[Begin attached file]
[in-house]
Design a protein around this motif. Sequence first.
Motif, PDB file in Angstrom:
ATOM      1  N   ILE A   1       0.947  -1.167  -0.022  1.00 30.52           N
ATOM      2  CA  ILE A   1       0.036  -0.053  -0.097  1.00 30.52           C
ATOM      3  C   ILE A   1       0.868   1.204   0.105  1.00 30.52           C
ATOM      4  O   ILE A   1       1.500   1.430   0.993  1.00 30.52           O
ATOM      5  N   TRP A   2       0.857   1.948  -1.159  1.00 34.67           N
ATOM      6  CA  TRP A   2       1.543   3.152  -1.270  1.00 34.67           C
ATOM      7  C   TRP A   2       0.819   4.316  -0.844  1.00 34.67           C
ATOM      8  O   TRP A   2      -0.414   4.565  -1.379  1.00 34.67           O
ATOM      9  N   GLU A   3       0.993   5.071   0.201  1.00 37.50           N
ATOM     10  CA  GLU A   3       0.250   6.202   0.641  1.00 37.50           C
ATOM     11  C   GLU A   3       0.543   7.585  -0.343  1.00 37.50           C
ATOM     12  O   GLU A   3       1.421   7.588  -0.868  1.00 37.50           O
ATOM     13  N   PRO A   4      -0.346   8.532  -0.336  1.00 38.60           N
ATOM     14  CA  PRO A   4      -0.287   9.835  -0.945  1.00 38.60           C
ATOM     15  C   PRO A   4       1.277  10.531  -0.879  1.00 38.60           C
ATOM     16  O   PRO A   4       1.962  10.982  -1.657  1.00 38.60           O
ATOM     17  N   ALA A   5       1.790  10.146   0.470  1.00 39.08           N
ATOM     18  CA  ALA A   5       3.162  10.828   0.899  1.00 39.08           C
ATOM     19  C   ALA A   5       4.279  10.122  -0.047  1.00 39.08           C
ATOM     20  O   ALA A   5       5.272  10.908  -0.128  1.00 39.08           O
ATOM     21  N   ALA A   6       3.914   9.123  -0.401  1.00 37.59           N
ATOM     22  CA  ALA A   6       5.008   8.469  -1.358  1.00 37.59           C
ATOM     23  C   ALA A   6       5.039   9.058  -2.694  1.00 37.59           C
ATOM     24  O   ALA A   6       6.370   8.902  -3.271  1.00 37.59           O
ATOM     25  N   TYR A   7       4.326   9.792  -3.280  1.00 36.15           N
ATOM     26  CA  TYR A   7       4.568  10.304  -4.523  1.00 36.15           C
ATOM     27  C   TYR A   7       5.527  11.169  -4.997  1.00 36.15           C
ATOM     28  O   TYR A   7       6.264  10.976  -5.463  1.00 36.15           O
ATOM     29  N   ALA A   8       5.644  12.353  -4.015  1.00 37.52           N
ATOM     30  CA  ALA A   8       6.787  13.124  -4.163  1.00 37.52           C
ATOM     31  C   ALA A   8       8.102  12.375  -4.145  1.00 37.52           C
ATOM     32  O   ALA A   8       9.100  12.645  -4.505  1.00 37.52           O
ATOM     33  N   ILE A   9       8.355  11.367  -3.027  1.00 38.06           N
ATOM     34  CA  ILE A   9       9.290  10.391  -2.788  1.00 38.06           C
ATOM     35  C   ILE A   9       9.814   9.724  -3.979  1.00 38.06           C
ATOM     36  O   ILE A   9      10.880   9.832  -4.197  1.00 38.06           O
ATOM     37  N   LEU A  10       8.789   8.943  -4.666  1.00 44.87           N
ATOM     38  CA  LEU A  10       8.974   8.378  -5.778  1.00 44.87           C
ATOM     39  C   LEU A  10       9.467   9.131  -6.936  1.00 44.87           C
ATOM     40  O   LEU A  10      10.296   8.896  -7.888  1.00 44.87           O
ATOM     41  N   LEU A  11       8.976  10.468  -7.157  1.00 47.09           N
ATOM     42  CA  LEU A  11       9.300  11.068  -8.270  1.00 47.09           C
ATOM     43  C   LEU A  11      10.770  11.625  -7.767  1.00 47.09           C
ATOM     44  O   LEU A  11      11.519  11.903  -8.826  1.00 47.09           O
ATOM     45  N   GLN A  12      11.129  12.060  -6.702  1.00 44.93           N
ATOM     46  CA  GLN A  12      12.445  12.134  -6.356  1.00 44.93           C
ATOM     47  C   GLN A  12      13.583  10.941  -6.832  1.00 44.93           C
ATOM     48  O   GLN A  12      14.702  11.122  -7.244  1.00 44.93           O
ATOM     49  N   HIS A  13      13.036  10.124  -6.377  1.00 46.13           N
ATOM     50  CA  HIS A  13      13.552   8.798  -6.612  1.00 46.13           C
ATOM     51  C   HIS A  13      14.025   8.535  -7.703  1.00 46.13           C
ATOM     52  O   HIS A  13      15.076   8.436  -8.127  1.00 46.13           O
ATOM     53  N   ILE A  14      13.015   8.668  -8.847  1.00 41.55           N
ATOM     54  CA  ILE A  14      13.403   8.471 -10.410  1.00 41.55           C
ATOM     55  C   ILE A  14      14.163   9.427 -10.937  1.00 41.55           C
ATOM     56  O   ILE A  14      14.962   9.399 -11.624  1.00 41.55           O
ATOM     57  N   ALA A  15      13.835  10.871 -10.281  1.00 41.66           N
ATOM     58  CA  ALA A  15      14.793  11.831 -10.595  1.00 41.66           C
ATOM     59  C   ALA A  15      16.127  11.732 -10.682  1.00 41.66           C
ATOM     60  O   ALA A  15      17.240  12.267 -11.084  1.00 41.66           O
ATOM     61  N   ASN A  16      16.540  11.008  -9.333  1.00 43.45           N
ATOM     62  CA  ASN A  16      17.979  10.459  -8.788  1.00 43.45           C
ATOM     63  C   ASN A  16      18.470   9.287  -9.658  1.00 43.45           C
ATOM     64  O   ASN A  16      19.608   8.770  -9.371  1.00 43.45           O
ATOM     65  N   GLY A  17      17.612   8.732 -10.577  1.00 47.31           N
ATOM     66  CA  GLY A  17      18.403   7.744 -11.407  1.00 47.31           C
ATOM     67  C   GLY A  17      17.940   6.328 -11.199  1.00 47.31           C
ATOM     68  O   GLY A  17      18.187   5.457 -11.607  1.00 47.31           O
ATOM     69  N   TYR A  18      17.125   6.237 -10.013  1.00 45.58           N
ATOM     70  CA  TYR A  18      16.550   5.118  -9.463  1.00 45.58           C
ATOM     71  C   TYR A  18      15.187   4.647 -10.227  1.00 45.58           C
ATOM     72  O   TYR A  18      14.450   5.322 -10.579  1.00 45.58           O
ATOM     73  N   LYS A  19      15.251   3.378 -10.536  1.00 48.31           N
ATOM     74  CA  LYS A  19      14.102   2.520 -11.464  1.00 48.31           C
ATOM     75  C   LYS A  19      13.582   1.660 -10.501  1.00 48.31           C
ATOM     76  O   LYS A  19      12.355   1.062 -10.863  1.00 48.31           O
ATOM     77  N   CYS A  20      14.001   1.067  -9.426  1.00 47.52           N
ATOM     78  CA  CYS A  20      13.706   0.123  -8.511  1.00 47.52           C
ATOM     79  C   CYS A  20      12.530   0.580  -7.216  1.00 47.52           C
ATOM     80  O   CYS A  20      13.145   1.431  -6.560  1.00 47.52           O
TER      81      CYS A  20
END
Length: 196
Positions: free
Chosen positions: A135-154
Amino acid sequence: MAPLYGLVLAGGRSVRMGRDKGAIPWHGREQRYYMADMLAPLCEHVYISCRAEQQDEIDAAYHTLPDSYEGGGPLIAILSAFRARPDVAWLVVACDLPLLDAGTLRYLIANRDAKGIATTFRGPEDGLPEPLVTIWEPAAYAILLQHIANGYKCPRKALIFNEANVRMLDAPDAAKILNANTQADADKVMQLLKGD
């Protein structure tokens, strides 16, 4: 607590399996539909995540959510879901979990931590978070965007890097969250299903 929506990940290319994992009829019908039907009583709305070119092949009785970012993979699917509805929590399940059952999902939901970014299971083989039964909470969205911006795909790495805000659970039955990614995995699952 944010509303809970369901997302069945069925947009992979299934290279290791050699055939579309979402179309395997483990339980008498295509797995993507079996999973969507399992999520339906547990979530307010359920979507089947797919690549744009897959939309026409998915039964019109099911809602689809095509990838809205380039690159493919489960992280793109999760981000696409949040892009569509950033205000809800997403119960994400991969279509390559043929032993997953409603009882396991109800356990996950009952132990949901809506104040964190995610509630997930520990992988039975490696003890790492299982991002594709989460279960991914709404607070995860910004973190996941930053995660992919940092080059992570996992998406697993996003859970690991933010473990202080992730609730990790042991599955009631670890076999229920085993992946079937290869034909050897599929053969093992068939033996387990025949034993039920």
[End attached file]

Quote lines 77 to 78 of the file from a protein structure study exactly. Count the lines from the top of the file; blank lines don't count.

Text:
ATOM     74  CA  LYS A  19      14.102   2.520 -11.464  1.00 48.31           C
ATOM     75  C   LYS A  19      13.582   1.660 -10.501  1.00 48.31           C